If you’re a prominent maker of high-end 1911s that wants to add a model to the ever-growing list of those pistols chambered in 10mm, how do you go about making a splash in the market? In Dan Wesson’s case, you do it by giving it a cool name and a sexy look.
Like its stablemate Bruin, the Dan Wesson Kodiak is a long-slide 1911, and in this case the sexy look is the tri-tone model I received for testing. The tri-tone boasts a matte gray slide, black frame, bronze controls and a set of tan/black G10 grips. I know beauty is in the eye of the beholder, but to me this is one great-looking pistol.
Like I said, it’s a long-slide, and the barrel is 6.03 inches long. This accomplishes three things. One, the longer slide means more weight overall and more weight out front to help control the recoil of the 10mm Auto cartridge.
Two, you get a longer sight radius, which makes it a little more forgiving in terms of sight alignment. For a bifocal-wearing shooter like myself, it’s easier to get the front sight in sharp focus.
Last but not least, the extra inch you get over a standard-length Government model is going to wring out every last foot per second in velocity and, accordingly, more energy.
Comparing barrels is never true apples to apples because some barrels are simply “faster” than others, but here’s some anecdotal evidence to chew on. Two years ago I reviewed Ruger’s five-inch 10mm 1911. Two of the loads I tested in that gun I also tested in the Dan Wesson Kodiak: Hornady Critical Duty and SIG Elite V-Crown.
The Kodiak’s muzzle velocities were 89 fps faster with the Hornady and 50 fps faster with the SIG. And I’ll do the math for you on the energies: 79 more foot-pounds with Hornady (548 ft.-lbs. out of the Kodiak) and 50 more foot-pounds with the SIG (673 ft.-lbs. out of the Kodiak).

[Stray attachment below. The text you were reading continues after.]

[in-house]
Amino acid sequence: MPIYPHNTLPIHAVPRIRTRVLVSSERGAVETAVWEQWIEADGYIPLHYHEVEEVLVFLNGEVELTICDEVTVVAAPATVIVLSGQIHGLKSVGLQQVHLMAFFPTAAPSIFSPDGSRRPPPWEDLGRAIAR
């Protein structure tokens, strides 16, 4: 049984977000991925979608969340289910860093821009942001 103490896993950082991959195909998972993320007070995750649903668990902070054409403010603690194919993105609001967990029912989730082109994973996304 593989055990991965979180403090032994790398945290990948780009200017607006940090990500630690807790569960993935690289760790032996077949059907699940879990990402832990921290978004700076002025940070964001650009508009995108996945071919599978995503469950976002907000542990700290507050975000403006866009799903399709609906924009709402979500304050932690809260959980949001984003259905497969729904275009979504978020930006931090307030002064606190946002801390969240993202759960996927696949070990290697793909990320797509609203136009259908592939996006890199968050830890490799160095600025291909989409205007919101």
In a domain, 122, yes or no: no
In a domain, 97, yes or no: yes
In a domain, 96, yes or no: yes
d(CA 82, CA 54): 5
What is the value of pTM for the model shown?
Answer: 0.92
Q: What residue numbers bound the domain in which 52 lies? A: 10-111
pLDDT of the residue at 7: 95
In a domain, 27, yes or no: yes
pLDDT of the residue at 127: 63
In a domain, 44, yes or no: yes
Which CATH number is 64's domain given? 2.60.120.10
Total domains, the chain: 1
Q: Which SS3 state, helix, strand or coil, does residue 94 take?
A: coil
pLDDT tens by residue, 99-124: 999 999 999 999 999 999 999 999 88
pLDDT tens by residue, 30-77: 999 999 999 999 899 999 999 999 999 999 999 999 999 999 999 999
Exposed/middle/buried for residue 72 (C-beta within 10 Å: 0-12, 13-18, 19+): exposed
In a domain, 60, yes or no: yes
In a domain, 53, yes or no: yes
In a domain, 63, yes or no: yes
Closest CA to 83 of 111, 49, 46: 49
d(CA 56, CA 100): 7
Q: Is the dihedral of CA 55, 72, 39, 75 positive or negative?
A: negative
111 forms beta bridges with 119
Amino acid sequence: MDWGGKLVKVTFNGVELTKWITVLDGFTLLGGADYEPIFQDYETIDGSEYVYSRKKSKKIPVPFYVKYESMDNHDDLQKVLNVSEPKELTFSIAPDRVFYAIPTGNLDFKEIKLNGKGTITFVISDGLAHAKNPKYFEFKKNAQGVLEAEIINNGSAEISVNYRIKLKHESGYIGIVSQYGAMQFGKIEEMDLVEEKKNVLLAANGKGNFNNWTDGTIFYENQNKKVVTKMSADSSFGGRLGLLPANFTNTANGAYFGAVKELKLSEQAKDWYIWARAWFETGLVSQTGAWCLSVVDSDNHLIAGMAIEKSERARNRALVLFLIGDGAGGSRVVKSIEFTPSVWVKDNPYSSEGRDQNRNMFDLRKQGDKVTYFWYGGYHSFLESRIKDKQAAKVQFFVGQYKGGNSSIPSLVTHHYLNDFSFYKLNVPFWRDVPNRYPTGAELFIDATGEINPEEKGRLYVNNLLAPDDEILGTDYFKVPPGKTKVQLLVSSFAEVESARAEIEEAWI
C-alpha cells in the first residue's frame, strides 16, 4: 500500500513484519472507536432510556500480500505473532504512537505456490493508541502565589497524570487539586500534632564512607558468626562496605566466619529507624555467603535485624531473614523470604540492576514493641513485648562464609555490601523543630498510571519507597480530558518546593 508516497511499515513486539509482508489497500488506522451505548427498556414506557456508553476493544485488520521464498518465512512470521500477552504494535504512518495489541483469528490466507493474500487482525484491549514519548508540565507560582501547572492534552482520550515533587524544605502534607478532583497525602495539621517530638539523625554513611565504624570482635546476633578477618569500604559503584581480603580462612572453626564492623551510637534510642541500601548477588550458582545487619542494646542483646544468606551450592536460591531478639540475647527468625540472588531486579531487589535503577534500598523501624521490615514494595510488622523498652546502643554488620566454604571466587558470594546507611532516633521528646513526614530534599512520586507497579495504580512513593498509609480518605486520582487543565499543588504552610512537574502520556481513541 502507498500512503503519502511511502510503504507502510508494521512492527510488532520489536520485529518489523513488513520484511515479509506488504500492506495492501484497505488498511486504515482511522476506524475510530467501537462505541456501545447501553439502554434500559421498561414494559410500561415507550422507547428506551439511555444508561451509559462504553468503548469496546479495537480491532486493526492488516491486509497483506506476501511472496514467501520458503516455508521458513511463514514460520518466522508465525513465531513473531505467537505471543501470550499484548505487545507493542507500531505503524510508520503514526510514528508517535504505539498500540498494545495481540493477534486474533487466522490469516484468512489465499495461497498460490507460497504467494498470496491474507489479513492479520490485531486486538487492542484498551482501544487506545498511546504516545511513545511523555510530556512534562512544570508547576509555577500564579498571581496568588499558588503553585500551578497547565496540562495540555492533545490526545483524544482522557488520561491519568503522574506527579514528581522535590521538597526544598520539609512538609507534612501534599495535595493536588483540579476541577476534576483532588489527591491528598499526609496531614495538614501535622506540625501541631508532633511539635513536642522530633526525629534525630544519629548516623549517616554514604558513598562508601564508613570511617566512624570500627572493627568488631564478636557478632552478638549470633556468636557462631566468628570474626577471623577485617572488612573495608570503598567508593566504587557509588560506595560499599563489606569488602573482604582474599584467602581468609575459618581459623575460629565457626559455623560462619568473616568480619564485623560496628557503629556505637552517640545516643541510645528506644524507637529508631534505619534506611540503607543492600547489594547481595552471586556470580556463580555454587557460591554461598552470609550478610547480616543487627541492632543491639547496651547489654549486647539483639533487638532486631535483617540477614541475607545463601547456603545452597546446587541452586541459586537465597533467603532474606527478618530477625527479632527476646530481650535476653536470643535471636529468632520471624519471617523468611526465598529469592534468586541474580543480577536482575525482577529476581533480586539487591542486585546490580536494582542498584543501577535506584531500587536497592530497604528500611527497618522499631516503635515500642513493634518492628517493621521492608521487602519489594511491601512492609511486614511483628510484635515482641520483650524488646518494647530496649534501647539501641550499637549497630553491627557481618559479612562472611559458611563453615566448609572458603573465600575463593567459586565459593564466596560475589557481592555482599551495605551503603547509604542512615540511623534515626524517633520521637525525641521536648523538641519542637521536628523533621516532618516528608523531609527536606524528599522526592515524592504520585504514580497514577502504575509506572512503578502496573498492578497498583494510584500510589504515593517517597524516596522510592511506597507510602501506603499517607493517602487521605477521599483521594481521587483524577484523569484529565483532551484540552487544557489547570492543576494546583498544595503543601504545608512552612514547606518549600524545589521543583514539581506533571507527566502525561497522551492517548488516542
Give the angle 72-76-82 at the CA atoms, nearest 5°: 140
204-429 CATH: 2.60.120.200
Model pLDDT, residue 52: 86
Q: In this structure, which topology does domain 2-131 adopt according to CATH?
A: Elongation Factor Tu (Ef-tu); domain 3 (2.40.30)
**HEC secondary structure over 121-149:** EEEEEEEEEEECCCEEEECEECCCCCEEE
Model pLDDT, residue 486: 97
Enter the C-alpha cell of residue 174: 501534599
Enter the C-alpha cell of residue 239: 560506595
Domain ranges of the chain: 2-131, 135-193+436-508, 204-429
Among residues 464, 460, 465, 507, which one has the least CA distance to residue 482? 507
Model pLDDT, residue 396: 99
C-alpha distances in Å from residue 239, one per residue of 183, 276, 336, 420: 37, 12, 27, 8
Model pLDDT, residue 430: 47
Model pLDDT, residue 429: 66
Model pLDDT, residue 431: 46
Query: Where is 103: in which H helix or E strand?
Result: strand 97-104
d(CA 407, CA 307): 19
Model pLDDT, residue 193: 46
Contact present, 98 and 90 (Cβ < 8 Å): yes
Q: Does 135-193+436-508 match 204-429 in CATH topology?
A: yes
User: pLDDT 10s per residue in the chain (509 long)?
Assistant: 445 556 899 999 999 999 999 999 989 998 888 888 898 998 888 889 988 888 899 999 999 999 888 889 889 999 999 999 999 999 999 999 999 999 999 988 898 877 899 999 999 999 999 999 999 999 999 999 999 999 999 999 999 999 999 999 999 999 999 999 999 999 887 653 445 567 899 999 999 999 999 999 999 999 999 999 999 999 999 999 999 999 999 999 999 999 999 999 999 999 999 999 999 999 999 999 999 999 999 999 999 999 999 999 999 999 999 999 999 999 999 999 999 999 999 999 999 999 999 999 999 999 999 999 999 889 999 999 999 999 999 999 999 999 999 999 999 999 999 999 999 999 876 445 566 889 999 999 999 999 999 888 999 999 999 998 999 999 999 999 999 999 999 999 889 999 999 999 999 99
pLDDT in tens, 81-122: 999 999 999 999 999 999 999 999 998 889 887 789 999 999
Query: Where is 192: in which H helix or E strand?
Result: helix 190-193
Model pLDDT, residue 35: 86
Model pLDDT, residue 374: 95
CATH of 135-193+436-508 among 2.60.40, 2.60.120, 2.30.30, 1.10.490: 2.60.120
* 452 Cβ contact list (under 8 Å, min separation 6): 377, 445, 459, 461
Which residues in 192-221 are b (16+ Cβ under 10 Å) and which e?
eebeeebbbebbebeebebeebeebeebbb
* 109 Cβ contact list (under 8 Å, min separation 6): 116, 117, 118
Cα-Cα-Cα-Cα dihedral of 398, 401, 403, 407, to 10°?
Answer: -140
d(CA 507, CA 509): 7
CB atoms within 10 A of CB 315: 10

To put those latter figures into a percentage perspective, the Dan Wesson six-inch barrel produces 17 percent more energy with the Hornady load than the five-inch Ruger barrel. The percentage gain with the SIG is only half as much, but when you’re talking about the relatively low energy levels produced by pistol rounds, every little bit helps—whether your threat is some dude or dudes with bad intentions or a grizzly bear who takes offense at your presence.
Lest you think the bear thing is overstated, the Kodiak moniker isn’t just a marketing gimmick. People who spend a lot of time hunting, hiking and fishing in brown bear country are increasingly moving to the 10mm as their preferred sidearm. If you’re a handgun hunter, the 10mm is certainly gaining a foothold in that arena because of the power it offers.
The Kodiak’s frame is forged stainless steel with a black finish and a single-slot accessory rail. The stainless steel slide has Dan Wesson’s Duty finish, in this case matte gray. The finish is similar to Melonite, a thermochemical treatment, and promises excellent corrosion resistance. The slide has square-cut serrations on the rear only, and “Kodiak” is engraved forward of the left-side serrations.
The slide lock, extended ambidextrous thumb safety levers and magazine release are bronze in color, and they really complement the overall look of the pistol. This finish is similar to Ionbond, a physical vapor deposition process that should stand up well to hard use.
The black trigger is solid, and it has subtle serrations on the face. In a world awash with three-hole triggers, I think this is a good choice in terms of aesthetics.
The grip safety has a memory bump, and the flat mainspring housing and frontstrap have 25 lpi checkering. The grips are as gorgeous as they are functional. G10, a high-pressure fiberglass laminate, has become a go-to grip material for handgun grips because it’s tough and can be crafted to create various levels of aggressiveness. Plus, because it’s a laminate, manufacturers can choose from a wide variety of color combinations—tan and black, in this case.
At the bottom of the frame is a generous magazine well funnel. It’s just the right size—roomy but not stupid-big.
The rear sight is a fully adjustable Dan Wesson with a serrated rear face. It’s set in a dovetail, as is the green fiber-optic front.
The internal design is a bit different. It doesn’t have a full-length guide rod but instead employs a short rod, round-wire recoil spring and a reverse recoil spring plug.
When I disassemble a 1911, I remove the top first—as opposed to removing the bushing, plug and recoil spring and then taking off the slide. While I’m not a fan of full-length guide rods, they are nice for my preferred disassembly method because everything comes out essentially as one piece and I don’t have to worry about controlling the spring.